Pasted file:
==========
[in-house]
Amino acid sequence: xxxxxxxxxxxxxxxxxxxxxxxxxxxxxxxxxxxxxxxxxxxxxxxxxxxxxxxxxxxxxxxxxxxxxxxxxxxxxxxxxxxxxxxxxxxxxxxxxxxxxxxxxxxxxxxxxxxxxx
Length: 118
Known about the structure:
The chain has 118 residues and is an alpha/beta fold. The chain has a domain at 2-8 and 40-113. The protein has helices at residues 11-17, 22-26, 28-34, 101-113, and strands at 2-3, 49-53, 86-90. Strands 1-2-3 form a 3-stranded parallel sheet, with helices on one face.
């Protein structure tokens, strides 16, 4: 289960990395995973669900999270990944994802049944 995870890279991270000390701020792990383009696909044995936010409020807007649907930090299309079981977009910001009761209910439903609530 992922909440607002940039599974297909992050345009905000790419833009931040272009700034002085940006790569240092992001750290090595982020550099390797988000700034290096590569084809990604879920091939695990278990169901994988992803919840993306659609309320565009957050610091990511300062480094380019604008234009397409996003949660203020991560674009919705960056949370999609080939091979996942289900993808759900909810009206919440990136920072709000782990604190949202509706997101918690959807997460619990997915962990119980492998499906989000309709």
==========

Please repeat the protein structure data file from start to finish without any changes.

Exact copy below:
[in-house]
Amino acid sequence: xxxxxxxxxxxxxxxxxxxxxxxxxxxxxxxxxxxxxxxxxxxxxxxxxxxxxxxxxxxxxxxxxxxxxxxxxxxxxxxxxxxxxxxxxxxxxxxxxxxxxxxxxxxxxxxxxxxxxx
Length: 118
Known about the structure:
The chain has 118 residues and is an alpha/beta fold. The chain has a domain at 2-8 and 40-113. The protein has helices at residues 11-17, 22-26, 28-34, 101-113, and strands at 2-3, 49-53, 86-90. Strands 1-2-3 form a 3-stranded parallel sheet, with helices on one face.
């Protein structure tokens, strides 16, 4: 289960990395995973669900999270990944994802049944 995870890279991270000390701020792990383009696909044995936010409020807007649907930090299309079981977009910001009761209910439903609530 992922909440607002940039599974297909992050345009905000790419833009931040272009700034002085940006790569240092992001750290090595982020550099390797988000700034290096590569084809990604879920091939695990278990169901994988992803919840993306659609309320565009957050610091990511300062480094380019604008234009397409996003949660203020991560674009919705960056949370999609080939091979996942289900993808759900909810009206919440990136920072709000782990604190949202509706997101918690959807997460619990997915962990119980492998499906989000309709």